There was a time when record labels helped build musical artists' careers. They would find them, encourage and support them, and help deliver their art to the public. There was a time that the public would also support those artists financially, making pilgrimages to brick and mortar record stores on a regular basis and dropping cash to help sustain those careers. Quaint, no?
As Greg Kot’s book Ripped: How The Wired Generation Revolutionized Music points out, those days are gone. Or, at best, they exist on an entirely different plane. The ripples of the digital revolution are far and wide, touching and re-defining virtually every aspect of the music industry: from the recording studios, to the distribution channels, to point of sales and consumption. It is a brave new world.
Kot’s book is a riveting read, and essential to understanding how we got to the global, wireless, on-demand world that many now take for granted. It’s a road paved not by high-powered and highly-paid industry executives, but by a new generation of music lovers unwilling to wait for the old model to catch up to how they consume music. Kot doubles down on that notion by using quotes from millennials and artists such as Bjork and Ani DiFranco to open each chapter, and it’s a very effective move.
“We’’re in a day when nobody buys music unless they’ve heard it. Because we don’t trust anyone, really.” — Garrison, born 1982
“I liked way more music than I could afford at $13 a CD. As soon as I could get it for free, that was over.” — Emma, born 1988
Those two comments alone are an indictment on the industry’s hold over both what was showcased on radio, and the labels pricing strategy, often considered greedy during the heyday of the compact disc.
“The whole marketing machine that was built on top of a song from the 1950’s until now wasn’t built to last.” — Bjork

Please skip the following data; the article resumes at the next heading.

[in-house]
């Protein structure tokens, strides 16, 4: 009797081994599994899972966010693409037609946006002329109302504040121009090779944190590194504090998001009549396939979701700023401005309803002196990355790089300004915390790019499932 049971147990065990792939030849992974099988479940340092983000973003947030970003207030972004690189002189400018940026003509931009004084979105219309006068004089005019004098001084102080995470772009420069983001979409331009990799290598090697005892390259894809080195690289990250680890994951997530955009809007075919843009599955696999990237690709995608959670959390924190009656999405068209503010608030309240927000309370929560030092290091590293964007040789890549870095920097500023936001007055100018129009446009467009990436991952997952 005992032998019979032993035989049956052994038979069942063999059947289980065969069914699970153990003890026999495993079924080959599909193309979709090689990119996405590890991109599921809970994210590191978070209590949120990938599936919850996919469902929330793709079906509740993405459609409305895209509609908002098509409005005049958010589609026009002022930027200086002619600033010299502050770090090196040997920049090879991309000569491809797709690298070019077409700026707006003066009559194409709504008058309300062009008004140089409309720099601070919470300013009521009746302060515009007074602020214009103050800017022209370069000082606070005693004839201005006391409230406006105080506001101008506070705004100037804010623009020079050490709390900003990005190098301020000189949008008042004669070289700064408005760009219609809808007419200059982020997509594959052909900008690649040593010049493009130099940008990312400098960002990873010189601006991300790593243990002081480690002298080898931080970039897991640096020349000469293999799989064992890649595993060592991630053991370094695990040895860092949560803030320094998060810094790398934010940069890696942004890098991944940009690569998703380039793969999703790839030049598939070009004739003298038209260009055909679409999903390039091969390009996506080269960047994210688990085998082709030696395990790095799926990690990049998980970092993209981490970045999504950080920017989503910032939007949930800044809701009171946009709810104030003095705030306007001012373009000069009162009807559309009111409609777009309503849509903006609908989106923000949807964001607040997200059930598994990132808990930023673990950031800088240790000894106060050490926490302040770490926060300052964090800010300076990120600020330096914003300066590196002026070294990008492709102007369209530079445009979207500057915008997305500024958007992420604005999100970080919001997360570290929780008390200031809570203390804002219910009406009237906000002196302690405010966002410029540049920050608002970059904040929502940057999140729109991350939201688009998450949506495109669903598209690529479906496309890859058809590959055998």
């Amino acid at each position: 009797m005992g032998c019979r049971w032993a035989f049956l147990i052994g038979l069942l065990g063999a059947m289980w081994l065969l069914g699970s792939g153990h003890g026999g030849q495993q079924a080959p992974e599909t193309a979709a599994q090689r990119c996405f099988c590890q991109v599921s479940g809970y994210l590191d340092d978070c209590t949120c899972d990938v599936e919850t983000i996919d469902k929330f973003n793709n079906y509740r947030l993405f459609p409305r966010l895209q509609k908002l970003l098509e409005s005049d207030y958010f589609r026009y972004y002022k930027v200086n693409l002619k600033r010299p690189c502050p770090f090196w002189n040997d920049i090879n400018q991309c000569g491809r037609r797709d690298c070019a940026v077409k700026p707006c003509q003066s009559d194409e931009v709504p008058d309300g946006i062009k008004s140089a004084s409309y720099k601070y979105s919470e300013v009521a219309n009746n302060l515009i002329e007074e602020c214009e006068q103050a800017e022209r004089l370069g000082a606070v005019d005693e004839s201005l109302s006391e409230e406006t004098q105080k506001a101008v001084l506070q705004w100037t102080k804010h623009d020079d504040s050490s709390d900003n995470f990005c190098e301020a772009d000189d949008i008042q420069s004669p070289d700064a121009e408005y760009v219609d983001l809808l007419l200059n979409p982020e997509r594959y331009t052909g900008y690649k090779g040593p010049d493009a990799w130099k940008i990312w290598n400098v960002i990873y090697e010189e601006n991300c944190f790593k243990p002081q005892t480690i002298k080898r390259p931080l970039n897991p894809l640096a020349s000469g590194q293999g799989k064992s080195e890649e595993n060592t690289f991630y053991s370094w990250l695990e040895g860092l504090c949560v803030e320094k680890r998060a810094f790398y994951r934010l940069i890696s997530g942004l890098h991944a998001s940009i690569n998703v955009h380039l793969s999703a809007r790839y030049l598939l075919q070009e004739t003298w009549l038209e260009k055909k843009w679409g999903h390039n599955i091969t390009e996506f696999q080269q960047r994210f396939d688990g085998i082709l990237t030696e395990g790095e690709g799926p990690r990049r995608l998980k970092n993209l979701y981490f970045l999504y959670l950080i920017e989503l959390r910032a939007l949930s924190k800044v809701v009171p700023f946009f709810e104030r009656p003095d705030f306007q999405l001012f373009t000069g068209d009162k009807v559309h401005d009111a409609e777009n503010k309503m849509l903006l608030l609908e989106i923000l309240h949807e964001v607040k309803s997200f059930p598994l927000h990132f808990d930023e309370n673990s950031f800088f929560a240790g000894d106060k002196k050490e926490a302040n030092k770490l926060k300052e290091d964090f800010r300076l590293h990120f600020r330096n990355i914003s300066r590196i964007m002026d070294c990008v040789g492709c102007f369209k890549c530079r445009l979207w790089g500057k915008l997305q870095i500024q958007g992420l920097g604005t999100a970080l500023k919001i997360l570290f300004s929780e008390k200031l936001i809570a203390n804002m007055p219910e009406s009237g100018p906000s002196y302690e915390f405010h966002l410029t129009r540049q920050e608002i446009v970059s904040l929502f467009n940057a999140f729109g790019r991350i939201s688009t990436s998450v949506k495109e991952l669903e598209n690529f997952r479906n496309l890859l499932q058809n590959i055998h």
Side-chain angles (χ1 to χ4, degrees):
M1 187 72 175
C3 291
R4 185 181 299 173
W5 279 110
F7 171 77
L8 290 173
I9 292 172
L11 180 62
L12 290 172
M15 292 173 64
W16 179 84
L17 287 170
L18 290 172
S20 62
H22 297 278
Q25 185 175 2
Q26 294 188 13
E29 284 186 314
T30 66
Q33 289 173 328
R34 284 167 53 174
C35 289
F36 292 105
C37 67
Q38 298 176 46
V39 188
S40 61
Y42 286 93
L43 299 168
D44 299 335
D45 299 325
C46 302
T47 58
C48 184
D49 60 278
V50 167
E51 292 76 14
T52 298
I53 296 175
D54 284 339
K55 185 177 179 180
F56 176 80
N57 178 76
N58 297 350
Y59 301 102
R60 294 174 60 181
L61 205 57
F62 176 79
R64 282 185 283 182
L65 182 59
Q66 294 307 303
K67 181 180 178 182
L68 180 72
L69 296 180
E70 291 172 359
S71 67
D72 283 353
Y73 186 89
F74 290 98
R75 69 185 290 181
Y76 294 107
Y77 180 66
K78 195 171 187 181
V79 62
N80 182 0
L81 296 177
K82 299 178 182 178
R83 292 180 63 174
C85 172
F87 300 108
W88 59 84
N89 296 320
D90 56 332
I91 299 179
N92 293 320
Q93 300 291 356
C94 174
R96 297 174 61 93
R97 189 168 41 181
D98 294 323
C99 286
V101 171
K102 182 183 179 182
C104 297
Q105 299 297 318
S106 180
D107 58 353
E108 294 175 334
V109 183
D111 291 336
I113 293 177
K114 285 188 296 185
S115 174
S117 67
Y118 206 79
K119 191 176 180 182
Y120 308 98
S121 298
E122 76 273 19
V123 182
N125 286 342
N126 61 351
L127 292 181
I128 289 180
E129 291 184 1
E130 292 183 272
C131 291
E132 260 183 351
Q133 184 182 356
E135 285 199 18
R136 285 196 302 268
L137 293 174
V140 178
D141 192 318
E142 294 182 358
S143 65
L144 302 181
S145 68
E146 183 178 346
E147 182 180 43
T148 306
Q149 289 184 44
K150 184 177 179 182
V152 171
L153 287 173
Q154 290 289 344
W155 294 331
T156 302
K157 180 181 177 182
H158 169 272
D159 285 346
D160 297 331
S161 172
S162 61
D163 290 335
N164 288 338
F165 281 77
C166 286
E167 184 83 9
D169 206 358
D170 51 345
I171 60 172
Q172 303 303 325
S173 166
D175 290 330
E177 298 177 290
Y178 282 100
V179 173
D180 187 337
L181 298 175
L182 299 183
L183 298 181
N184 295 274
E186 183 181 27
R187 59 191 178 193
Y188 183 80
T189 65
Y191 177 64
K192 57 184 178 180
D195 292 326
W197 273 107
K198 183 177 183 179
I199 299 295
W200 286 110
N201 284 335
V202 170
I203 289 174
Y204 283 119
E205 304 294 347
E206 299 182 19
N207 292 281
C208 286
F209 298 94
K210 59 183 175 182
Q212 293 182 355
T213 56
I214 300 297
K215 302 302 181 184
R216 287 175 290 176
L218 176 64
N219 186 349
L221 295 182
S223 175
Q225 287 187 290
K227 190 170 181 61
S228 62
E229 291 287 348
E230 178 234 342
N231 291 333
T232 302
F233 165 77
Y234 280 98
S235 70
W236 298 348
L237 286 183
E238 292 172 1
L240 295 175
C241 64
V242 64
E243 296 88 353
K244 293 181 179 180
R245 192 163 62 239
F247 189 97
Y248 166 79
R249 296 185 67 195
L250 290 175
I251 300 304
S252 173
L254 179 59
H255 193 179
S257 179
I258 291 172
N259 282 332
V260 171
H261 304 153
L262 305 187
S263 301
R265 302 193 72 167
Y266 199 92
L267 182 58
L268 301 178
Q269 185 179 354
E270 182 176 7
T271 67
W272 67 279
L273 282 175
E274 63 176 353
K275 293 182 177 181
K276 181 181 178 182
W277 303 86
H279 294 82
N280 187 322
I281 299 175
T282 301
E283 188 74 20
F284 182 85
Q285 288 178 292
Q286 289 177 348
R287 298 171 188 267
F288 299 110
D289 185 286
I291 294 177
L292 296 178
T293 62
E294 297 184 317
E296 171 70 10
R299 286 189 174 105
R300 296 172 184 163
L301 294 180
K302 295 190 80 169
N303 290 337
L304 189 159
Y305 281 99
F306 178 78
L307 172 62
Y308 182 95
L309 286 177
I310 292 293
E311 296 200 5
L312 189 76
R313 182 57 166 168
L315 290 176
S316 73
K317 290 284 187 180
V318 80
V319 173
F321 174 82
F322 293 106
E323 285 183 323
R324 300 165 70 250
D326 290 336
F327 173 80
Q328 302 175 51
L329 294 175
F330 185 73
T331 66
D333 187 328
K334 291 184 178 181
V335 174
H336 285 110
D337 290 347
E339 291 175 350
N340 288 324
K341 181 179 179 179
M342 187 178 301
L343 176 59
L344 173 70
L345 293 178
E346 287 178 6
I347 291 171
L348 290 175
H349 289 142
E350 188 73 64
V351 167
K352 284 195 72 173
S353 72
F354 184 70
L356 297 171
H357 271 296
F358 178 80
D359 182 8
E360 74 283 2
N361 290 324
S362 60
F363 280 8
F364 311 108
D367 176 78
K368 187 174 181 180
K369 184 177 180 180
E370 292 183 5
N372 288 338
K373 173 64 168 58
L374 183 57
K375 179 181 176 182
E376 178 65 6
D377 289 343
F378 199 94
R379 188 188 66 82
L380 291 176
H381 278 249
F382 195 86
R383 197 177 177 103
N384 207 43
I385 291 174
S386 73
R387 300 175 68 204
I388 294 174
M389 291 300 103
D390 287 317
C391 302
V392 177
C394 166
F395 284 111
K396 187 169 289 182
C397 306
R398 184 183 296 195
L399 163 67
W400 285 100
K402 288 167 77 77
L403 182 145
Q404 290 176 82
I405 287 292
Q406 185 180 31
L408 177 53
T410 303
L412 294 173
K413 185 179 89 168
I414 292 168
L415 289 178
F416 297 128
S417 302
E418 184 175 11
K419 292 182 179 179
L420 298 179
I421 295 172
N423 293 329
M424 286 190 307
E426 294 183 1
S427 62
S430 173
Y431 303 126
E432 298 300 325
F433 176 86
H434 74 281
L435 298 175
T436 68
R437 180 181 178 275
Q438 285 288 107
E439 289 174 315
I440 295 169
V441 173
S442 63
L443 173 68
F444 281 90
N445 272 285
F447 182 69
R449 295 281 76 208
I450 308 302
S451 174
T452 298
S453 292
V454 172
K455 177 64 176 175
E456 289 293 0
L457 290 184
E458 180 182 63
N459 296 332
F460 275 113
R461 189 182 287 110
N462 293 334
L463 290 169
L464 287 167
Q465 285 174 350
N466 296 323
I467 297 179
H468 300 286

“Getting out and playing is the first step, and the last. That’s never going to change.” — Ani DiFranco
Very prescient, but not what the record industry wanted to hear. Some artists —and perhaps even label people — “got” it, but it all happened so quickly that it blindsided an entire industry that alternated between ignoring it, wishing it would go away and, finally, suing its customer base in court. Wow; think about that!
There’s a ton of information in this book, but it’s constructed in a way that makes it a fun and fascinating read. Aside from the quotes that set up each chapter, Kot focuses on a specific artist or fan experience to help illustrate the larger point. From Prince, Tom Petty or Wilco embracing giving away their music, to the underground discovery and music trading that built artists like Death Cab for Cutie or Conor Oberst's career in the absence of a major label. Each chapter is a link in the chain and it paints one whopper of a story about ignorance, failed strategy, and simply misreading and misunderstanding the changing customer base and the technology it embraced. The MP3 phenomenon was a revolution from the inside — that is, the consumer itself. The failure of the industry to understand that their product was the music itself and not the format, led to its downfall. Kot’s book is essential to any music fan, whether you miss the vinyl and headphone experience, or simply love the ability to listen, share and purchase music on the fly. Highly, highly recommended for anyone interested in the musical evolution — and revolution.
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